A bipartisan group of senators introduced legislation today that would end the travel ban between the U.S. and Cuba.
The bill has an equal number of Democratic and Republican co-sponsors, showing how the Cuba issue defies normal party lines.
“We’ve tried this current policy that we have prohibiting travel for about 50 years, and it hasn’t worked, so it’s time for something new,” said Sen. Jeff Flake, R-Ariz., one of the sponsors of the bill. “It’s time to allow Americans to travel freely to Cuba.”
— Jeff Flake (@JeffFlake) January 29, 2015
Earlier this month, the White House acted on its own to loosen decades-old restrictions on travel, trade, investment and remittances.
The eased restrictions for travel from the U.S. to Cuba apply to 12 categories of people, including Americans with family in Cuba, employees on official business for the U.S. and foreign governments, and journalists.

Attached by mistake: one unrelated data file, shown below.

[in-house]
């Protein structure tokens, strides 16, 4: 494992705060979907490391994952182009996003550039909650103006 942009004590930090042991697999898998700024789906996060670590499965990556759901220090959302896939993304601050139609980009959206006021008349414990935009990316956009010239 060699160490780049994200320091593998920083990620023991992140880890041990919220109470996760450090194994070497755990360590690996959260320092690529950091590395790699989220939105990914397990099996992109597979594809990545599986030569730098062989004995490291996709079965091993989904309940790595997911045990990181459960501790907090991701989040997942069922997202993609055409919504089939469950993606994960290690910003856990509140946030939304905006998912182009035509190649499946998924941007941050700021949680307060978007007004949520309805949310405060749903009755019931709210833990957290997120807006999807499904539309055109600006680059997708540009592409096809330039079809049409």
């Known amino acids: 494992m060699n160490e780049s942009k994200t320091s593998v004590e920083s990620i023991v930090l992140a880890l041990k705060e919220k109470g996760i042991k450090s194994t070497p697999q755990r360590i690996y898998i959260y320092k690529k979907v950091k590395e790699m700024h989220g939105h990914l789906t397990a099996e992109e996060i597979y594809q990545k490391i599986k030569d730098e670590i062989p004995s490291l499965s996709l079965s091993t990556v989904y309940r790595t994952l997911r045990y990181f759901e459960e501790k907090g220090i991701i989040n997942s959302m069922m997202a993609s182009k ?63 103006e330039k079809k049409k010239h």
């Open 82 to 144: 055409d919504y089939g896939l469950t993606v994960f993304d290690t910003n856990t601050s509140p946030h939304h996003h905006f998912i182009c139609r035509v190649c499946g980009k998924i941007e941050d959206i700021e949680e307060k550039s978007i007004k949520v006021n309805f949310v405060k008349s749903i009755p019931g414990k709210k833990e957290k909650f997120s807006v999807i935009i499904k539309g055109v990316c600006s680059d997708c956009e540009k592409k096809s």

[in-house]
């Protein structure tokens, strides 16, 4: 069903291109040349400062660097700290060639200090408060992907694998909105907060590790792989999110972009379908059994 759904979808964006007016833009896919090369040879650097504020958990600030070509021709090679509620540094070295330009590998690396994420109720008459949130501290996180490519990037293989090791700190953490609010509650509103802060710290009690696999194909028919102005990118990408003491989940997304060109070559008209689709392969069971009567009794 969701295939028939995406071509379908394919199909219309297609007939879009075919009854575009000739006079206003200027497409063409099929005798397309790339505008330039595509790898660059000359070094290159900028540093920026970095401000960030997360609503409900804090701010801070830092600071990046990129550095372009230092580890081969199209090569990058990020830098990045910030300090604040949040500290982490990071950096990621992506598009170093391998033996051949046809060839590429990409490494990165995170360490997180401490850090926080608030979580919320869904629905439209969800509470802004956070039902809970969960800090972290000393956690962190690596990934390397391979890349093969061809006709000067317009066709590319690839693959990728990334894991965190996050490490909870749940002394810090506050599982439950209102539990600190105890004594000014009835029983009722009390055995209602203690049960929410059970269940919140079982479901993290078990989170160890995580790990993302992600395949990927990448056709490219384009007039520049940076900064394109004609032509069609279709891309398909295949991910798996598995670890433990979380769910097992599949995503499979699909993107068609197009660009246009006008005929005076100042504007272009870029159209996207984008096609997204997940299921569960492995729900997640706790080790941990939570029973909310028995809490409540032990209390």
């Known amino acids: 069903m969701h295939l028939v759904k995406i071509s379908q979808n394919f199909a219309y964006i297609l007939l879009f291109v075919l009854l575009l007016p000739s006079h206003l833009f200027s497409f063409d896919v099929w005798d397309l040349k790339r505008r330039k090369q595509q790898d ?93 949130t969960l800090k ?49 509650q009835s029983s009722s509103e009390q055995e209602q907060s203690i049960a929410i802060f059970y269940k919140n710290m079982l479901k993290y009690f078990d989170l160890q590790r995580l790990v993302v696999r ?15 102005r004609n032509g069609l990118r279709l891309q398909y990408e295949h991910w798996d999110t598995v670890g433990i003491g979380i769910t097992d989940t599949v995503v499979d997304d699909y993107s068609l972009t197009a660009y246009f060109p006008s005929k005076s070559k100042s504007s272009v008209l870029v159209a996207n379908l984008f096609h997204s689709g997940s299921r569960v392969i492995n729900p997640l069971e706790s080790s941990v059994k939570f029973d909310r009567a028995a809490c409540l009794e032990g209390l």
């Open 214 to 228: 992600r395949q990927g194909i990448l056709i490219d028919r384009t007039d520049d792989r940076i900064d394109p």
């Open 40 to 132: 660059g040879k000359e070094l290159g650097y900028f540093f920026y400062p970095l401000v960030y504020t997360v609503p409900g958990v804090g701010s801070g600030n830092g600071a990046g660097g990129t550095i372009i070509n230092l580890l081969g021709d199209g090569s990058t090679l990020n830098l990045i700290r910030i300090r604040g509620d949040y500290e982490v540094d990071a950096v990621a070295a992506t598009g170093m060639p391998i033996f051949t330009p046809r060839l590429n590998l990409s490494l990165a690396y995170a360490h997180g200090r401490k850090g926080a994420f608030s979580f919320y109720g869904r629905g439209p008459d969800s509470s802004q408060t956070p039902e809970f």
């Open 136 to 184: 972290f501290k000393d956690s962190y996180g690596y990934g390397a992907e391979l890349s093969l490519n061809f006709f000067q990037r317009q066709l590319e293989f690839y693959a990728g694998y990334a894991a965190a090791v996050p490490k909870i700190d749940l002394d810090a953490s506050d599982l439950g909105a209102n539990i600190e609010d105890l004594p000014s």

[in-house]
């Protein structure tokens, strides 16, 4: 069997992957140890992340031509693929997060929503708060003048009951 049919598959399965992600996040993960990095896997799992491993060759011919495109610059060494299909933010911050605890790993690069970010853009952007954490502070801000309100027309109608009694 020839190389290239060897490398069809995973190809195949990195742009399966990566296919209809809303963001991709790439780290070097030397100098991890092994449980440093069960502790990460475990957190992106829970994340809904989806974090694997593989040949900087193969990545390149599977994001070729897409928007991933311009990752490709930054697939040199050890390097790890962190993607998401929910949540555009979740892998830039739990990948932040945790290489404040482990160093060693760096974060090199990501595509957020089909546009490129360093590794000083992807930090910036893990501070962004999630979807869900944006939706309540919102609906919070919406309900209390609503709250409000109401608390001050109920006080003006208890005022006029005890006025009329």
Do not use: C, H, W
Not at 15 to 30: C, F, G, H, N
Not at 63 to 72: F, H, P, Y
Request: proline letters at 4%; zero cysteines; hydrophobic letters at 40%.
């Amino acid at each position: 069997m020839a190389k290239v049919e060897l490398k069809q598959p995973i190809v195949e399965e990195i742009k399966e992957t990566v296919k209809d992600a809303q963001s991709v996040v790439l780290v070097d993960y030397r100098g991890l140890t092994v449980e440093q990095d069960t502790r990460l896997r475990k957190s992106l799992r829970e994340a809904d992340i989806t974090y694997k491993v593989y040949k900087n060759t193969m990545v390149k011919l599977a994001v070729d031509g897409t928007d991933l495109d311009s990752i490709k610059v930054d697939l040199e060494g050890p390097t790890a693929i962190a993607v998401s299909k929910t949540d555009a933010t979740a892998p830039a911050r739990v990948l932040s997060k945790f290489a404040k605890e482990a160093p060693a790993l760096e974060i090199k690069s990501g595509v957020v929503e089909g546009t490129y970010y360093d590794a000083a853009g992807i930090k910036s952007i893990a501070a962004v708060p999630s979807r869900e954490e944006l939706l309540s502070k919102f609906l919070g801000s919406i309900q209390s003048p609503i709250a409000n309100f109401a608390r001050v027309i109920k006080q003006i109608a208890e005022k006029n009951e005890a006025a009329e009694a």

General tourist travel is still prohibited.
The new legislation would repeal all restrictions on U.S. citizens’ travel to Cuba. It would also relax restrictions on related banking transactions.
Though the bill has Republican support, it’s questionable if the bill will ultimately be voted on in the Senate.
Senate Majority Leader Mitch McConnell, R-Ky., has been critical of the administration’s Cuba policy, as has Republican Sen. Marco Rubio of Florida, a Cuban-American leading the opposition effort.
Critics of Obama’s new Cuba policy say it empowers the Castro regime.
Also today, Sens. Flake and Rand Paul of Kentucky wrote a letter backed by seven GOP senators to President Obama encouraging the “modernization” of relations with Cuba — and that Congress plays a role in doing so.
“Our hope is that changes to the current trade and travel relationship will advance our goal of bolstering the vulnerable private sector and increasing entrepreneurship while decreasing the role of state-controlled enterprises,” wrote the Republican senators.
“With the significance of your recent announcements related to Cuba, we look forward to Congress turning its attention toward modernizing U.S.-Cuba policy to the benefit of U.S. citizens and the Cuban people alike. Congress must play an integral role in reforming our policy toward Cuba.”